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Trump sex harassment accusers demand Congress investigate as lawmakers resign

(L-R) Rachel Crooks, Jessica Leeds, and Samantha Holvey speak during the press conference held by women accusing Trump of sexual harassment in NYC on December 11, 2017 in New York City.
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(L-R) Rachel Crooks, Jessica Leeds, and Samantha Holvey speak during the press conference held by women accusing Trump of sexual harassment in NYC on December 11, 2017 in New York City.

Three women who have accused President Donald Trump of sexually harassing or assaulting them before he came to the White House demanded a congressional investigation Monday, following a week in which lawmakers from both parties were forced into resignation amid harassment allegations.

"People are being held accountable, except for our president," said Jessica Leeds, who said Trump tried to force himself on her, including reaching under her skirt, during a plane ride more than 30 years ago. Yet "his staff made a big point of calling us all liars," she said. More than a dozen women accused Trump of sexual misconduct during his presidential campaign last year.

Leeds, Samantha Holvey and Rachel Crooks said the national discussion over sex harassment has felled powerful men across major industries including entertainment and on Capitol Hill. Meantime Trump "has escaped his past unscathed" and "our stories seem to fall on deaf ears," said Crooks.

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Crooks says Trump held her hand and kissed her on the mouth when she was working as a receptionist at Trump Tower in Manhattan.

The women also appeared in an earlier interview with Megyn Kelly, prompting the White House to issue a statement saying Trump has denied all of the accusations and that the women were making "false claims."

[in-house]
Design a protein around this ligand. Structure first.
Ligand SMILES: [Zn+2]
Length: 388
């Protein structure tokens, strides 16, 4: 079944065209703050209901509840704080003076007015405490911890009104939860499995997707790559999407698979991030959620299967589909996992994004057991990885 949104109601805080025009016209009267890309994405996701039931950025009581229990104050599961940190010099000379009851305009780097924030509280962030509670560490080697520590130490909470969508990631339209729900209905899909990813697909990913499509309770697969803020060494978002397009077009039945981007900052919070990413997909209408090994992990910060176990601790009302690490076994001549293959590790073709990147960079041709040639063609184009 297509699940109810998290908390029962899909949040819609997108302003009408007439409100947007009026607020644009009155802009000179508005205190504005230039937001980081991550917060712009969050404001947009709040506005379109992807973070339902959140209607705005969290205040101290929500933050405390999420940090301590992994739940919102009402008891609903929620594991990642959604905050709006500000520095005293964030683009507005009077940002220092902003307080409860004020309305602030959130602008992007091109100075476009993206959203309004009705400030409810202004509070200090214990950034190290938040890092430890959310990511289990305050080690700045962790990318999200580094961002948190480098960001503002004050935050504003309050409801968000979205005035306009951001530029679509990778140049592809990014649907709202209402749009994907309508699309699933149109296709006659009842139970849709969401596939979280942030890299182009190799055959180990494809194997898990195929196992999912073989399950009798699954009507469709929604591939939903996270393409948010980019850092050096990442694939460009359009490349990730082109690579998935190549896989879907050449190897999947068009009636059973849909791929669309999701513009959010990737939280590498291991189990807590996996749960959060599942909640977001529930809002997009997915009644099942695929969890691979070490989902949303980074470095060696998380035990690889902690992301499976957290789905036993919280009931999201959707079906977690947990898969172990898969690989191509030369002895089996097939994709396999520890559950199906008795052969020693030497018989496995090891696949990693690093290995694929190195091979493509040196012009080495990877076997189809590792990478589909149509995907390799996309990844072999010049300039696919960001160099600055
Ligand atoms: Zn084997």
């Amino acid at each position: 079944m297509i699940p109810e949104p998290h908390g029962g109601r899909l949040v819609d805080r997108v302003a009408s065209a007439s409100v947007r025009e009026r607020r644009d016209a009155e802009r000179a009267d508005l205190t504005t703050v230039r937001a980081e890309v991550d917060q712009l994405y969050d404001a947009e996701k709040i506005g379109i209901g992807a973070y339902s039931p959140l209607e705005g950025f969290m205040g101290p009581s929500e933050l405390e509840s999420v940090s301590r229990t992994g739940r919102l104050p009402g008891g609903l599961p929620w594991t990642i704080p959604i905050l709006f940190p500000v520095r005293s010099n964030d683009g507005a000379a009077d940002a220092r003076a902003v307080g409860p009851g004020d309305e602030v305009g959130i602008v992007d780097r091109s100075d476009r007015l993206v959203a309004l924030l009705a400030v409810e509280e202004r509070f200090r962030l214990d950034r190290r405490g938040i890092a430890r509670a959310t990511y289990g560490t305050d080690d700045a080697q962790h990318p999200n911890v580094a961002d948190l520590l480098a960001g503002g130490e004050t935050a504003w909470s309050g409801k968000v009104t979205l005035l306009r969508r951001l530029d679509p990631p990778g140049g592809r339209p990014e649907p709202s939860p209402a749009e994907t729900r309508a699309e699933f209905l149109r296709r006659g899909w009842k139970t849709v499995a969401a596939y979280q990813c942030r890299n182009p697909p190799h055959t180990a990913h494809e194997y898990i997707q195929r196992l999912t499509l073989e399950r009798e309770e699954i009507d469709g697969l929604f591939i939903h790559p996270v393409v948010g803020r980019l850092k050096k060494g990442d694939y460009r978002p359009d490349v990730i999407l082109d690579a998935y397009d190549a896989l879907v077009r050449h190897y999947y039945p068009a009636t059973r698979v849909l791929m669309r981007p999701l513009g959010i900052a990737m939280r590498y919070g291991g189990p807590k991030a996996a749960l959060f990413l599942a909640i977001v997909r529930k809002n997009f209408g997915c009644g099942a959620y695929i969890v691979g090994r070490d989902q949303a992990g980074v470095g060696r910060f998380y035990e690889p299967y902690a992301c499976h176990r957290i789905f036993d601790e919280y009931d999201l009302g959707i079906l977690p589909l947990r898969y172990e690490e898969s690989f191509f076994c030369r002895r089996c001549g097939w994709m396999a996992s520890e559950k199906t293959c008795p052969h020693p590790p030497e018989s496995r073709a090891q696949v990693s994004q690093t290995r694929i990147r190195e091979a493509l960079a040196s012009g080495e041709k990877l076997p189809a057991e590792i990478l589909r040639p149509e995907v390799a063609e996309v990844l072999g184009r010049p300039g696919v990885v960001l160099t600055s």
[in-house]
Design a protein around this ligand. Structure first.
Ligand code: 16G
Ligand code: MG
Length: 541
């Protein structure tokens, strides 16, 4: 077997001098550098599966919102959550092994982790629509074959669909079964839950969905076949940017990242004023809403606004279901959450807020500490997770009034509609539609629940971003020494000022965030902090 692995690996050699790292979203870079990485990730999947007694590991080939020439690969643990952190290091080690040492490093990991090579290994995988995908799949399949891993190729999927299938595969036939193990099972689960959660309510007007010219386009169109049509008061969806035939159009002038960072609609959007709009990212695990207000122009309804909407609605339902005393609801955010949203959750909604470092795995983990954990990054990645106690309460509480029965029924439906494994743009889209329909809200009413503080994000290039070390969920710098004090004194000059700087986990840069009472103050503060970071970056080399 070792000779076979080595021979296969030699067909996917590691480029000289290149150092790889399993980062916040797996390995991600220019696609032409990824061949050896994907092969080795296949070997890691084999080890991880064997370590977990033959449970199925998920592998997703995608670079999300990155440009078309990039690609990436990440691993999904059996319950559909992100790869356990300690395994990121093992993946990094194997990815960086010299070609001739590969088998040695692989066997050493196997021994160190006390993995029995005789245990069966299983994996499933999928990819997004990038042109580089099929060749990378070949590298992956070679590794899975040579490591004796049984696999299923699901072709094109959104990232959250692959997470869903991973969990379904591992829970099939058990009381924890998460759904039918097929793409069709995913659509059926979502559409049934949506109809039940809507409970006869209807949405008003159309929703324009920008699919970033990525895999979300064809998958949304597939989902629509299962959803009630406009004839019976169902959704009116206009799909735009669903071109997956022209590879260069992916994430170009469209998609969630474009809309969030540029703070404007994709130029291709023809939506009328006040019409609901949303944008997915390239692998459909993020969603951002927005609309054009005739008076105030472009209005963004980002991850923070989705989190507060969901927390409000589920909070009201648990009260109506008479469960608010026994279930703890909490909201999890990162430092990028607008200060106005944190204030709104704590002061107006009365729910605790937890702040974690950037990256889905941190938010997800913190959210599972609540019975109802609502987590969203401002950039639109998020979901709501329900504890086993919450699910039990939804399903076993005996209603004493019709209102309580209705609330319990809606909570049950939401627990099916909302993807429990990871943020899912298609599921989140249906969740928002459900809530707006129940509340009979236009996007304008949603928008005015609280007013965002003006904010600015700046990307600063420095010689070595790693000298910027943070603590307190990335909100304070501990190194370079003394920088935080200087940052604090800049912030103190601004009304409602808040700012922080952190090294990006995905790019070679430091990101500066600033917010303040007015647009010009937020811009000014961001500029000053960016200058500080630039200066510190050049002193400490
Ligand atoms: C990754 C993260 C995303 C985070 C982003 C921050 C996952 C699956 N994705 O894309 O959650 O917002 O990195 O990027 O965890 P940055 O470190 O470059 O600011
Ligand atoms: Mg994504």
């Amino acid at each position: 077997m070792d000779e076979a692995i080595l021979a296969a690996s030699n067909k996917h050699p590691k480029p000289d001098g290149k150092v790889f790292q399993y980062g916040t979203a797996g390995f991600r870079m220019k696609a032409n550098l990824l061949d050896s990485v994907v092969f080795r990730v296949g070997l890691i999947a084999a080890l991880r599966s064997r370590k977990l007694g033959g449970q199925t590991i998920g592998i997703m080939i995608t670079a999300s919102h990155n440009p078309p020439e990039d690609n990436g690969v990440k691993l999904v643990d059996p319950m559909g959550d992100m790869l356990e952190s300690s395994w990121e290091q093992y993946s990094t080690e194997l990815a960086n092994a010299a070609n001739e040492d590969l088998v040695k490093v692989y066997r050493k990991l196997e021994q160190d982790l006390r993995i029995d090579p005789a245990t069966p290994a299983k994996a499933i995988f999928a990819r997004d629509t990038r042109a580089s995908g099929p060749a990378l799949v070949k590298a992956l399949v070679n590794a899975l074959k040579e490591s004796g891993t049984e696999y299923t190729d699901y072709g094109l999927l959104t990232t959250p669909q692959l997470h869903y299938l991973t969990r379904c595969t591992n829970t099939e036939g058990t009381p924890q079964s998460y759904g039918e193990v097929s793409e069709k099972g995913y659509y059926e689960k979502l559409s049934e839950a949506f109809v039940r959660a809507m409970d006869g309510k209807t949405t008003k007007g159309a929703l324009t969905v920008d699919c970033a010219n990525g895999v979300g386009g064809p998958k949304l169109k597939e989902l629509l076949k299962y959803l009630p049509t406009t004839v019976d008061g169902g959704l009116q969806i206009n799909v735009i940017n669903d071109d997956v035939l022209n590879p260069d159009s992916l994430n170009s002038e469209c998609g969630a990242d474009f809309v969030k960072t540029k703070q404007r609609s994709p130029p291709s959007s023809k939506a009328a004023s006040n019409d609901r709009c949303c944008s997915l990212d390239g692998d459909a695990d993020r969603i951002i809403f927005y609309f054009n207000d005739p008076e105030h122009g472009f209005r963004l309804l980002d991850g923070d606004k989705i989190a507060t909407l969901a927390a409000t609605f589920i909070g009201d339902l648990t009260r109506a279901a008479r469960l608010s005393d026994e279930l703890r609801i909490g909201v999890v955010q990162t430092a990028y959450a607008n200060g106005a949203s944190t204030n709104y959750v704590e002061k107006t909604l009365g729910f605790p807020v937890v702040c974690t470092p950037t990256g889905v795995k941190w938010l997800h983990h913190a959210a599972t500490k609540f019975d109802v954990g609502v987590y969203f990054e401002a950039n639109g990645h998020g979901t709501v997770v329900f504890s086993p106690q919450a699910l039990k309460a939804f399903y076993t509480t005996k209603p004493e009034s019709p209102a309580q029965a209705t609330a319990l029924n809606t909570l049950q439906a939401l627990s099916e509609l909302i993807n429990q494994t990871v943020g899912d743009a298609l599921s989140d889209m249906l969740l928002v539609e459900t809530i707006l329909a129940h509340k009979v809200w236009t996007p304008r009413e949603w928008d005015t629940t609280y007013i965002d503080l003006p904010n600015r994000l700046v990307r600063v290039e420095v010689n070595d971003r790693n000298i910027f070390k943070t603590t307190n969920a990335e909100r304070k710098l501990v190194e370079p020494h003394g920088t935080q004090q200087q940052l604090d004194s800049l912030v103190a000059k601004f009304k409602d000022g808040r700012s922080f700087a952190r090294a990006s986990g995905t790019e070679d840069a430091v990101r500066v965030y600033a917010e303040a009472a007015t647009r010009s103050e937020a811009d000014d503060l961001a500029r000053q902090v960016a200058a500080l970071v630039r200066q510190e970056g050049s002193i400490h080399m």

The "timing and absurdity of these false claims speaks volumes," the White House said in a statement that bore no one's name, reiterating that the American people "voiced their judgement" by electing the president. Trump won the electoral vote while receiving about 2.9 million fewer votes than Democrat Hillary Clinton.

The news conference came the Monday after Sen. Al Franken, D-Minn., gave a pointed speech on the Senate floor announcing his resignation and taking a parting shot at Trump.

Like Trump, most of the accusations against Franken predate his service in Washington. There "is some irony in the fact that I am leaving while a man who has bragged on tape about his history of sexual assault sits in the Oval Office," said Franken, denying some of the allegations from women who said he groped or harassed them. The appearances also came one day after Nikki Haley, the U.S. ambassador to the United Nations, said that anyone who claims they were victims of sexual misconduct should be heard, even if Trump is the alleged perpetrator.

In the immediate aftermath of Franken's announcement Democrats began to draw a contrast with the GOP and Trump in particular. Republicans may also soon be welcoming to their conference Alabama Senate candidate Roy Moore, who is accused by nine women of inappropriate touching or misconduct. There is a special election in the state tomorrow.

Over the weekend, at least three Democrats urged Trump to follow Franken's lead and resign over the allegations. Part of the case against Franken includes a photo of him pretending to grope the breasts of Leanne Tweeden, a newscaster who was asleep during an overseas plane ride.

For Trump, a 2005 tape from the show "Access Hollywood," in which he is heard bragging about grabbing women in their privates, is the evidence many cite.

Sen. Bernie Sanders, I-Vt., suggested Sunday that Trump should resign. "Here you have a president who has been accused by many women of assault, who says on a tape that he assaulted women," Sanders said on "Meet the Press." "He might want to think about doing the same." On Vice News, Sen. Cory Booker, D-N.J., said "The fact pattern on him is far more damning than the fact pattern on Al Franken."